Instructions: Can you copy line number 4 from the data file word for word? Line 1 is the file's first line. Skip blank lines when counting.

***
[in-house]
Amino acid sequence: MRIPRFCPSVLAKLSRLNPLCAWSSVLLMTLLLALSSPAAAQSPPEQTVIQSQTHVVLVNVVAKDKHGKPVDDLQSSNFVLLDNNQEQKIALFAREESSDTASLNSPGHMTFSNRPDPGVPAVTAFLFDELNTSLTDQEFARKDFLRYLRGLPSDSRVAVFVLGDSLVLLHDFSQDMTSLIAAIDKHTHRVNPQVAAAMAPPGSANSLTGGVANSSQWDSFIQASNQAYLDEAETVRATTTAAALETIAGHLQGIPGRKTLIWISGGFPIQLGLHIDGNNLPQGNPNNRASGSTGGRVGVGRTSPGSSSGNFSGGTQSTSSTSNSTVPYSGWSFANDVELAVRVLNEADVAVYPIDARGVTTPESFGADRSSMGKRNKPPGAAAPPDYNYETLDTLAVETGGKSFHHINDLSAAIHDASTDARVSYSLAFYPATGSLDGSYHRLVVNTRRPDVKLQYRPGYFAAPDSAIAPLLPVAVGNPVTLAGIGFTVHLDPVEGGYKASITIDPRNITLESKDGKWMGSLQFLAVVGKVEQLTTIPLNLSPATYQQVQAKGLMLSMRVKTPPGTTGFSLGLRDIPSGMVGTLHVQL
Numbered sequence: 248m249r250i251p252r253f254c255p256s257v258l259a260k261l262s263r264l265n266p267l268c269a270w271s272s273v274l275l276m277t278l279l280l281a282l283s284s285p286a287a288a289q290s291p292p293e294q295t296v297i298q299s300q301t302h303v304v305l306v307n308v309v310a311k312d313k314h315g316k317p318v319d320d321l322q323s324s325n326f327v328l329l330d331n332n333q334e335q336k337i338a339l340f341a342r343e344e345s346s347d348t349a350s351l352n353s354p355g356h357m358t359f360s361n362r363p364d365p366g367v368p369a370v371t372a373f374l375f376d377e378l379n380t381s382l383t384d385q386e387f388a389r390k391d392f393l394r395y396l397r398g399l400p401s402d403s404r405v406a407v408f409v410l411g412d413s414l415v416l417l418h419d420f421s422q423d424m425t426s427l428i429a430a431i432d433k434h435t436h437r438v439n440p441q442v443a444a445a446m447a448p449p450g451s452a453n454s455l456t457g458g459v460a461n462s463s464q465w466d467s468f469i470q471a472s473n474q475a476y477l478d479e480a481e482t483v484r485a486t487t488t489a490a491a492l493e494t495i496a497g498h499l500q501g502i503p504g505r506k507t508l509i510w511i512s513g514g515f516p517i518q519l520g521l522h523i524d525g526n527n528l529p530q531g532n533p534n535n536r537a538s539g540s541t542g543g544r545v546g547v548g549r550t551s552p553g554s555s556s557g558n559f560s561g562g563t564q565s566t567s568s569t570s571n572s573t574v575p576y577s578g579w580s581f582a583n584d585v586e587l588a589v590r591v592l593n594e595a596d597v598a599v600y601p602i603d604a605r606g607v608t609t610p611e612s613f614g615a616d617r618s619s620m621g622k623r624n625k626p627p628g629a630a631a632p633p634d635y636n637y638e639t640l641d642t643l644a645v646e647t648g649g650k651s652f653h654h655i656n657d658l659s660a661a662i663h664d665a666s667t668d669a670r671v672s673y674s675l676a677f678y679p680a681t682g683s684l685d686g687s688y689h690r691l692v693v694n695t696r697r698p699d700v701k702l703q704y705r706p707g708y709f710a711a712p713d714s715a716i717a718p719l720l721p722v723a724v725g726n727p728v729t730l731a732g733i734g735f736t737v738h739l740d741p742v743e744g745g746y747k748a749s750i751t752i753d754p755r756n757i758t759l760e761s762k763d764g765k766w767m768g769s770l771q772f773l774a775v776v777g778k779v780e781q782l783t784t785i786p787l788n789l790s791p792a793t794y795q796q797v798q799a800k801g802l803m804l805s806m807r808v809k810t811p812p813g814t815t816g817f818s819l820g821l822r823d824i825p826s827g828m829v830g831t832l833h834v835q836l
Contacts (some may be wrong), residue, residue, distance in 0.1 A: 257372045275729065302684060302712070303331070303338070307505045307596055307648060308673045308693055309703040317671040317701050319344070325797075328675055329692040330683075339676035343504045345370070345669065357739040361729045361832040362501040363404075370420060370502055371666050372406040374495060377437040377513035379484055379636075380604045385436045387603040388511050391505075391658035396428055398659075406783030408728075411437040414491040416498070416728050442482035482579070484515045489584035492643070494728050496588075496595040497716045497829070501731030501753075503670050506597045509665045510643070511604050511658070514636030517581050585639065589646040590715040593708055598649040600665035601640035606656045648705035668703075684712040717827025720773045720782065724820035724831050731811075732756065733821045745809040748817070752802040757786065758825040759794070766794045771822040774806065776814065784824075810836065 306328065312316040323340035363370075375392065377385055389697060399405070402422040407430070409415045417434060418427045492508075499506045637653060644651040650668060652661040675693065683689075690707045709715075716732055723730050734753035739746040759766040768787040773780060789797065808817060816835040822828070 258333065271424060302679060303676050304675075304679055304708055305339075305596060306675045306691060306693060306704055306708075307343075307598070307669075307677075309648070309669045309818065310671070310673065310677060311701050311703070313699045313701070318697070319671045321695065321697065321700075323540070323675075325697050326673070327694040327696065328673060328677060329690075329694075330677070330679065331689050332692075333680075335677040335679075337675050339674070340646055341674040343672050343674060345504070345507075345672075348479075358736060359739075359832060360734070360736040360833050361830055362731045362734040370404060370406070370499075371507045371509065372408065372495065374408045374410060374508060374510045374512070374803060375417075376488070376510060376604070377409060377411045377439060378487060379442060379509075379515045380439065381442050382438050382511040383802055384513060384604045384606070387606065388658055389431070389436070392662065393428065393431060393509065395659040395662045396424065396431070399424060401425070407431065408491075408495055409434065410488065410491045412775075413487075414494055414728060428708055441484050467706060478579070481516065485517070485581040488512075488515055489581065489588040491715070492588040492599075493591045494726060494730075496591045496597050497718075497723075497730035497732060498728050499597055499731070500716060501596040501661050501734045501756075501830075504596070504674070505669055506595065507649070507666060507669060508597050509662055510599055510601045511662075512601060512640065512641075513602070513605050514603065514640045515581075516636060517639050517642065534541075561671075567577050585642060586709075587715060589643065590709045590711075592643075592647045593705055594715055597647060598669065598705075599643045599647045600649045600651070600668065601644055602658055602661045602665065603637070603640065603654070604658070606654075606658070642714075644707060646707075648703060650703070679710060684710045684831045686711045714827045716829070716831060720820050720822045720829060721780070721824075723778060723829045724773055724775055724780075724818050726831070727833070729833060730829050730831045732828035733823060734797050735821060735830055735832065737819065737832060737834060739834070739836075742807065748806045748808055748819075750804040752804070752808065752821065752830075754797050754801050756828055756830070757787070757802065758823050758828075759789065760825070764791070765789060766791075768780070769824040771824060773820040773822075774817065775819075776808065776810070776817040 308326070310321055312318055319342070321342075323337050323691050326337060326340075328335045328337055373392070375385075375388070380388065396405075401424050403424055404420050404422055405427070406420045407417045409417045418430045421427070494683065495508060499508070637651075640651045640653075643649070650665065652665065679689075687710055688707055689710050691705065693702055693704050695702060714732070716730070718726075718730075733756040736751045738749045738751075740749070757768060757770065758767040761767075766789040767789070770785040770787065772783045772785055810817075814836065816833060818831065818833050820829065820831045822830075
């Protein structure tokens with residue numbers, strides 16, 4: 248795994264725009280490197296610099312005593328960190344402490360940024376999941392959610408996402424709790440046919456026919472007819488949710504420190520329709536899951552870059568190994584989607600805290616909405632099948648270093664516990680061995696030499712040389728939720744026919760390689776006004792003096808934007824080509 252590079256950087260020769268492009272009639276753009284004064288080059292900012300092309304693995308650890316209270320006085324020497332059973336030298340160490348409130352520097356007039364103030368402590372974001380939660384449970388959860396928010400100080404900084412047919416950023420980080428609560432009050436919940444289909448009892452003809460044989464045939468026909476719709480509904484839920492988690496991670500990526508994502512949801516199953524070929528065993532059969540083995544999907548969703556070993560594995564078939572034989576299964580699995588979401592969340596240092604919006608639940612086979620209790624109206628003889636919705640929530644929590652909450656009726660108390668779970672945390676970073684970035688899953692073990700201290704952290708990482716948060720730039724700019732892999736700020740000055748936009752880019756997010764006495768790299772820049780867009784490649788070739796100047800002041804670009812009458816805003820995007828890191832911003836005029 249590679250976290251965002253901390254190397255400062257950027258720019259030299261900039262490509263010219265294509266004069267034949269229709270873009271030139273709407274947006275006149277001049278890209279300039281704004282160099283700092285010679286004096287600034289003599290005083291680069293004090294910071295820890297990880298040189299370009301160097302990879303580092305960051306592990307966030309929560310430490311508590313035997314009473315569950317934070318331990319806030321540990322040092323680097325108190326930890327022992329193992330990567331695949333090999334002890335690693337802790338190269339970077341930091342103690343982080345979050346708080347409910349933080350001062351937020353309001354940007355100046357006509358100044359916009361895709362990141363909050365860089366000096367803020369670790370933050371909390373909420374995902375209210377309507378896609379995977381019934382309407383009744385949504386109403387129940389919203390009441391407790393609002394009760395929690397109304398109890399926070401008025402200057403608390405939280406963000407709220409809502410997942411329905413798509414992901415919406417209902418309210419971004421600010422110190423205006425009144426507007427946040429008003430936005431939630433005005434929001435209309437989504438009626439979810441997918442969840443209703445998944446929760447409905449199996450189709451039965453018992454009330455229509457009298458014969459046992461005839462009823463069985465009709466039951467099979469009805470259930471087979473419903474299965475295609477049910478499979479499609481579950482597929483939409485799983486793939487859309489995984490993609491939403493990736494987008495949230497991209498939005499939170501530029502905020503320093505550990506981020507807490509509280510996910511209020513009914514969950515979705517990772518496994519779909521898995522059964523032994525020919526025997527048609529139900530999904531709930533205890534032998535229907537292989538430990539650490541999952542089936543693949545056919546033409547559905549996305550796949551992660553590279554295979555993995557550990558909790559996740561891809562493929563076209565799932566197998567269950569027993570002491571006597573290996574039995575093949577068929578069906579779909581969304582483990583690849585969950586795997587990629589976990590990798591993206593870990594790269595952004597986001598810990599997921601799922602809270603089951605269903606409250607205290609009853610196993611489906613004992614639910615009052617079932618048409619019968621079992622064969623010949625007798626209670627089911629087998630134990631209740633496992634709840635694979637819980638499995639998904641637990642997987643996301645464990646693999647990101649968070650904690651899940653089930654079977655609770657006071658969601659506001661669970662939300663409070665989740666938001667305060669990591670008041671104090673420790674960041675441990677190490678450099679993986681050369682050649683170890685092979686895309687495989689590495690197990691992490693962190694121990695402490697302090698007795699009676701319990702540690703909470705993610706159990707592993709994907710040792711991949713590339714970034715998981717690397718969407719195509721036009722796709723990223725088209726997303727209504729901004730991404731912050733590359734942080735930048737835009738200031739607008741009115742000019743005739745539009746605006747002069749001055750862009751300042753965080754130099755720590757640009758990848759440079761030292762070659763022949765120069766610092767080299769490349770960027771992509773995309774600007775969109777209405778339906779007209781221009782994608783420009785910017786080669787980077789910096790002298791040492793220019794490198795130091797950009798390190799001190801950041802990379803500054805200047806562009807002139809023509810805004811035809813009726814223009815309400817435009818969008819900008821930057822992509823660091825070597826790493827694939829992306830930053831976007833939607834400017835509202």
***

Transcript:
Contacts (some may be wrong), residue, residue, distance in 0.1 A: 257372045275729065302684060302712070303331070303338070307505045307596055307648060308673045308693055309703040317671040317701050319344070325797075328675055329692040330683075339676035343504045345370070345669065357739040361729045361832040362501040363404075370420060370502055371666050372406040374495060377437040377513035379484055379636075380604045385436045387603040388511050391505075391658035396428055398659075406783030408728075411437040414491040416498070416728050442482035482579070484515045489584035492643070494728050496588075496595040497716045497829070501731030501753075503670050506597045509665045510643070511604050511658070514636030517581050585639065589646040590715040593708055598649040600665035601640035606656045648705035668703075684712040717827025720773045720782065724820035724831050731811075732756065733821045745809040748817070752802040757786065758825040759794070766794045771822040774806065776814065784824075810836065 306328065312316040323340035363370075375392065377385055389697060399405070402422040407430070409415045417434060418427045492508075499506045637653060644651040650668060652661040675693065683689075690707045709715075716732055723730050734753035739746040759766040768787040773780060789797065808817060816835040822828070 258333065271424060302679060303676050304675075304679055304708055305339075305596060306675045306691060306693060306704055306708075307343075307598070307669075307677075309648070309669045309818065310671070310673065310677060311701050311703070313699045313701070318697070319671045321695065321697065321700075323540070323675075325697050326673070327694040327696065328673060328677060329690075329694075330677070330679065331689050332692075333680075335677040335679075337675050339674070340646055341674040343672050343674060345504070345507075345672075348479075358736060359739075359832060360734070360736040360833050361830055362731045362734040370404060370406070370499075371507045371509065372408065372495065374408045374410060374508060374510045374512070374803060375417075376488070376510060376604070377409060377411045377439060378487060379442060379509075379515045380439065381442050382438050382511040383802055384513060384604045384606070387606065388658055389431070389436070392662065393428065393431060393509065395659040395662045396424065396431070399424060401425070407431065408491075408495055409434065410488065410491045412775075413487075414494055414728060428708055441484050467706060478579070481516065485517070485581040488512075488515055489581065489588040491715070492588040492599075493591045494726060494730075496591045496597050497718075497723075497730035497732060498728050499597055499731070500716060501596040501661050501734045501756075501830075504596070504674070505669055506595065507649070507666060507669060508597050509662055510599055510601045511662075512601060512640065512641075513602070513605050514603065514640045515581075516636060517639050517642065534541075561671075567577050585642060586709075587715060589643065590709045590711075592643075592647045593705055594715055597647060598669065598705075599643045599647045600649045600651070600668065601644055602658055602661045602665065603637070603640065603654070604658070606654075606658070642714075644707060646707075648703060650703070679710060684710045684831045686711045714827045716829070716831060720820050720822045720829060721780070721824075723778060723829045724773055724775055724780075724818050726831070727833070729833060730829050730831045732828035733823060734797050735821060735830055735832065737819065737832060737834060739834070739836075742807065748806045748808055748819075750804040752804070752808065752821065752830075754797050754801050756828055756830070757787070757802065758823050758828075759789065760825070764791070765789060766791075768780070769824040771824060773820040773822075774817065775819075776808065776810070776817040 308326070310321055312318055319342070321342075323337050323691050326337060326340075328335045328337055373392070375385075375388070380388065396405075401424050403424055404420050404422055405427070406420045407417045409417045418430045421427070494683065495508060499508070637651075640651045640653075643649070650665065652665065679689075687710055688707055689710050691705065693702055693704050695702060714732070716730070718726075718730075733756040736751045738749045738751075740749070757768060757770065758767040761767075766789040767789070770785040770787065772783045772785055810817075814836065816833060818831065818833050820829065820831045822830075